This section is from the book "Spons' Mechanics' Own Book: A Manual For Handicraftsmen And Amateurs", by Edward Spon. Also available from Amazon: Spons' Mechanics' Own Book.
Clearly the adze must be sharpened from the inside; and when the action of it is considered, it is also clear that the curvature of the adze iron must be circular, or nearly so. The true curvature of the metal may be approximately deduced from considering the radius of the circle described by the workman's arms and the handle of the adze. The edge of the adze is convex (Fig. 425), the projection in the middle being so formed for the same reasons as influenced the curvature of the edge of the axe already alluded to. The curvature in the blade also serves (though partially) as a fulcrum, for, by slightly thrusting the handle from him, the workman may release such flakes of timber as are over the adze, and yet so slightly adherent as not to require another blow. Thus the adze when applied lever-fashion discharges its duty as the curvature in the claw of a hammer does. Fig. 428 is a gouge formed adze; a modification of this is used in making wooden spouts and similar hollow work.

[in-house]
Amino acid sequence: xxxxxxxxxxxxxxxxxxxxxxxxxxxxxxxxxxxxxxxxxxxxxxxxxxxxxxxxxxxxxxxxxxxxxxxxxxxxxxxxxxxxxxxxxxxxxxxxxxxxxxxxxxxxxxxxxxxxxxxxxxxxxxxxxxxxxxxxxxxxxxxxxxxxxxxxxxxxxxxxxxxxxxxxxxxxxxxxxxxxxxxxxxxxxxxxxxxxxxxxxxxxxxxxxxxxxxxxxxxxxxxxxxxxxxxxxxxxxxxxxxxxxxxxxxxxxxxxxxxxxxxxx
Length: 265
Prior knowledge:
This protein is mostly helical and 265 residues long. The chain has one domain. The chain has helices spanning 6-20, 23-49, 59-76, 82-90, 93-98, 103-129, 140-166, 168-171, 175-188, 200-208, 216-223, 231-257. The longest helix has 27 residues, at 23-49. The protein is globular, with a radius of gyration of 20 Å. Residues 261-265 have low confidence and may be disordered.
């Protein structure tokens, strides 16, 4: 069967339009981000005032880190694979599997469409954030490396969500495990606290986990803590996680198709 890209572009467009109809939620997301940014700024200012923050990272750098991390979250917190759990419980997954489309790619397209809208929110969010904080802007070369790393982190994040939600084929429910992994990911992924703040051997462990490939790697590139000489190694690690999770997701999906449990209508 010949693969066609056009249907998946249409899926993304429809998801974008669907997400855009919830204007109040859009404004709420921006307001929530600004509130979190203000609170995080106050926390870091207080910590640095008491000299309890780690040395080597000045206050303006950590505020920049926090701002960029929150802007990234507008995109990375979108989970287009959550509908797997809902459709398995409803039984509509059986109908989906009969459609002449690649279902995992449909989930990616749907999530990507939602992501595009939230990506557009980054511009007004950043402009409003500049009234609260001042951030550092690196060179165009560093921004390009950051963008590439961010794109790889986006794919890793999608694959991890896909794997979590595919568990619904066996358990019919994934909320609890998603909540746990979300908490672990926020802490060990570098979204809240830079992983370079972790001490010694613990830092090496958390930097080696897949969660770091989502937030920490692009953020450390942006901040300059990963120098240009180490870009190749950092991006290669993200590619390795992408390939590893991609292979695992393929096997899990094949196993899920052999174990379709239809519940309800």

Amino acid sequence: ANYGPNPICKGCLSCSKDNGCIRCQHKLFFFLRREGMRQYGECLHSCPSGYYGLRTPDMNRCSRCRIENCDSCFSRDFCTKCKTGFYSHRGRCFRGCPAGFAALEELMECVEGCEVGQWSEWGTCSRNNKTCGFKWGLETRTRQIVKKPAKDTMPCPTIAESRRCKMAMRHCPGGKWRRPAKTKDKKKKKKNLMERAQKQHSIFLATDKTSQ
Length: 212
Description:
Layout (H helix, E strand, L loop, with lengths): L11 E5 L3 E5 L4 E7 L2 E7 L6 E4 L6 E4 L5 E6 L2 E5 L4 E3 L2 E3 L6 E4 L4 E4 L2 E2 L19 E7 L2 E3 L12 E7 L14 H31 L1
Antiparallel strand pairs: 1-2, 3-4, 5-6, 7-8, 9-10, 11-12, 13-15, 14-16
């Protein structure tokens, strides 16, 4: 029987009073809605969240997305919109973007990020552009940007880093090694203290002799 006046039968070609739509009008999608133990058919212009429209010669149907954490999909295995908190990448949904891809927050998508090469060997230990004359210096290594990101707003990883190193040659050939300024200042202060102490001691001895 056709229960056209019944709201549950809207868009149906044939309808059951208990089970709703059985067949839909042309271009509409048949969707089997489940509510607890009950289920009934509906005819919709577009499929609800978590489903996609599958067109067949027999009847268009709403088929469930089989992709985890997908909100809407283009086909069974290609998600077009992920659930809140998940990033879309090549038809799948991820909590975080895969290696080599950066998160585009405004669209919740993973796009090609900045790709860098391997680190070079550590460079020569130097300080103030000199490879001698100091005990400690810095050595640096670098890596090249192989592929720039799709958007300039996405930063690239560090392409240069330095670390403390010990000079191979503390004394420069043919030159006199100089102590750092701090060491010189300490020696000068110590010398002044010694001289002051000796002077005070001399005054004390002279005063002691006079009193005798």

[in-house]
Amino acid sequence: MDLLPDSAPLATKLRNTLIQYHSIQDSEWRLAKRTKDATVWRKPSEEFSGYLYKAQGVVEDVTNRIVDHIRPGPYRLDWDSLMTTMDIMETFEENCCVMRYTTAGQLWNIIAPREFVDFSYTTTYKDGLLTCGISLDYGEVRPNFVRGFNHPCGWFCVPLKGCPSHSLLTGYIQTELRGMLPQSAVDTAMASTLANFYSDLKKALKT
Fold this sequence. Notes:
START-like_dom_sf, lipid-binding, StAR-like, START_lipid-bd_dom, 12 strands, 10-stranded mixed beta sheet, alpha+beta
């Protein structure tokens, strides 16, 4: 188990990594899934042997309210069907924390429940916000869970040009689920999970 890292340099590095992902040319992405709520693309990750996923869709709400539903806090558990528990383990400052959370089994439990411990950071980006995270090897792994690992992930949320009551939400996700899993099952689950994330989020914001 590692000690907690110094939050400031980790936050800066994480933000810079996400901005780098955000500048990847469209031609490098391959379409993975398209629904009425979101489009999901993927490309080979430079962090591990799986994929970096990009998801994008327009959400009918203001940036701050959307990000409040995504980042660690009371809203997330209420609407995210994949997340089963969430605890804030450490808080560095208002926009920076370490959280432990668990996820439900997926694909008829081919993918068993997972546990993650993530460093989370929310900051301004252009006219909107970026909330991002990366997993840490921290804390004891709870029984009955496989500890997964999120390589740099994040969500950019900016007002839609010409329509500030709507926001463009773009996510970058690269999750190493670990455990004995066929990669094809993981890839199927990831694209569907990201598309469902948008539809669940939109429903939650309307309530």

The principal forms of adze are illustrated below. Fig. 421 is an ordinary carpenters' adze; Fig. 425, ship carpenters' adze; Fig. 426, coopers' adze; Fig. 427, improved wheelers' adze; Fig. 428, spout adze; Fig. 429, coopers' adze with sexagon eye; Fig. 430, coopers' nail adze.